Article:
Tomorrow, global September business activity will be in focus, with reports on manufacturing and services sector output out of China and manufacturing activity out of the eurozone being followed by the ISM Manufacturing Index and Markit’s Manufacturing PMI Index in the U.S. ISM’s read is projected to decline to 50.6 from 51.1 in August, while Markit’s report is projected to remain at the prior month’s 53.0 level. Readings above 50 for both indexes denote expansion.
Underlying the view that the bull market is not over is the continued growth in the U.S. economy. The manufacturing sector, as well as multi-nationals, has been hit double-barreled by China’s growth slowdown and the dollar’s strength. The manufacturing sector is only about 12% of the U.S. economy though; with the services side representing the other 88%. And here the picture is much brighter. Associated with that strength is the improvement in housing—which is increasing its weight in the economy—and job growth, which continues to hum.
Europe and Asia broadly higher
European equities rallied, with Asian stocks finishing broadly higher and U.S. stocks extending yesterday’s gains. The advance in the region was broad-based, though automakers got a boost from an announcement that China will cut taxes on vehicle purchases. Stocks shrugged off some disappointing German economic reports and the festering migrant crisis, as Germany’s retail sales unexpectedly declined in August and its unemployment change surprisingly rose in September.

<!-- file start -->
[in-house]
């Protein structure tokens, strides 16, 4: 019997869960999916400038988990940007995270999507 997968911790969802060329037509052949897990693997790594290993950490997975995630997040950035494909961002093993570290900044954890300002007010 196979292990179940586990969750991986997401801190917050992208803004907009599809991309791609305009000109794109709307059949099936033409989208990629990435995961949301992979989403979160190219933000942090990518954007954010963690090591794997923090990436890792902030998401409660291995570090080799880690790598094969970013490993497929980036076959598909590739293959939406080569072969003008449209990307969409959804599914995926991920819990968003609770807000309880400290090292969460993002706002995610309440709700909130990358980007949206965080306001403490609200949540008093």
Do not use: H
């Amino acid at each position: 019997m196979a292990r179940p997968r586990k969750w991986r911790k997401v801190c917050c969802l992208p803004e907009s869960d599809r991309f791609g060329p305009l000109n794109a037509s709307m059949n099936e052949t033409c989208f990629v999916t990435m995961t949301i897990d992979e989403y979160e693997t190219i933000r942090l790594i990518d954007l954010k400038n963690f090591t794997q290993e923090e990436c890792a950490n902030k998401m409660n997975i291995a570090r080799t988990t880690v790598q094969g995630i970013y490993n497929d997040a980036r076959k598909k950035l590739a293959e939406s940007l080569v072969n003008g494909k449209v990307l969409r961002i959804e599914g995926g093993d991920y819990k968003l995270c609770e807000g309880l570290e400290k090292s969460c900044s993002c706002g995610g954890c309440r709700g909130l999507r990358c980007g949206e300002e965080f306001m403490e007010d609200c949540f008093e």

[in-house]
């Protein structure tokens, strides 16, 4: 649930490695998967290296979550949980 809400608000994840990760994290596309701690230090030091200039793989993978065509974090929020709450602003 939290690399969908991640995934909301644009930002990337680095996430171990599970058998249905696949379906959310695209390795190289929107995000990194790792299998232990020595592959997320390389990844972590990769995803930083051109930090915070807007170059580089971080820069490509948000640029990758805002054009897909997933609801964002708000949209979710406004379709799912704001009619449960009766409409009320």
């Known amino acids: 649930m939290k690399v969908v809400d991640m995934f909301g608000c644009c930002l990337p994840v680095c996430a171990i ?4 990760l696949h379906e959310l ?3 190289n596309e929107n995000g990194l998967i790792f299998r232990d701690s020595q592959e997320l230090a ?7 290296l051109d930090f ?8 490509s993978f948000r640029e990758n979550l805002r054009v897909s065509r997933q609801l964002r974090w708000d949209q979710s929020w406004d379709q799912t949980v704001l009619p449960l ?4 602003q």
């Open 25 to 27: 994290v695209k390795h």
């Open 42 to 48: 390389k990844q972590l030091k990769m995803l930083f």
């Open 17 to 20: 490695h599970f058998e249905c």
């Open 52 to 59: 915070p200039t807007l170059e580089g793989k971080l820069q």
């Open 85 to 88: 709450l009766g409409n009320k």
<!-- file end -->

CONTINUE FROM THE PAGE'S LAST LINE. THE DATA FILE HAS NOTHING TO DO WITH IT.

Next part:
The Eurozone unemployment rate remained at 11.0%. In economic news, the Eurozone consumer price inflation estimate dipped 0.1% y/y for September, versus forecasts of a flat reading, and following the 0.1% rise posted in the month prior. Also, U.K. 2Q GDP was unrevised at a 0.7% quarter-over-quarter pace of expansion, matching forecasts, and an acceleration from the 0.4% growth posted in 1Q. The euro was lower versus the U.S. dollar, while bond yields in the region were mixed.
Stocks in Asia finished broadly higher, closing out a dismal 3Q for the equity markets, with the modest gains yesterday in the U.S. that snapped a string of recent losses slightly easing dampened global sentiment. Stocks in China advanced, as automakers received some support from the announcement out of China that it will cut taxes on vehicle purchases, ahead of tomorrow’s beginning of a week-long holiday, while some reports on the nation’s manufacturing and services sector activity are slated to be released tonight. Japanese equities gained back some of yesterday’s tumble on the exacerbated global growth concerns, while the yen retreated somewhat from its recent rally. Also, expectations of further stimulus measures from the Bank of Japan buoyed the markets on the heels of reports showing that nation’s industrial production unexpectedly declined and retail sales grew by a smaller amount than anticipated for August. Tomorrow, Japan will report its 3Q Tankan survey, which will give us a largely-followed look at sentiment in the country’s large manufacturing sector. An advance in Australia was aided by some strength in financials and mining stocks, while South Korean securities were higher, returning to action after being closed for the past two sessions due to a holiday. Finally, Indian equities extended yesterday’s gains that came from the larger-than-expected rate cuts by the Reserve Bank of India.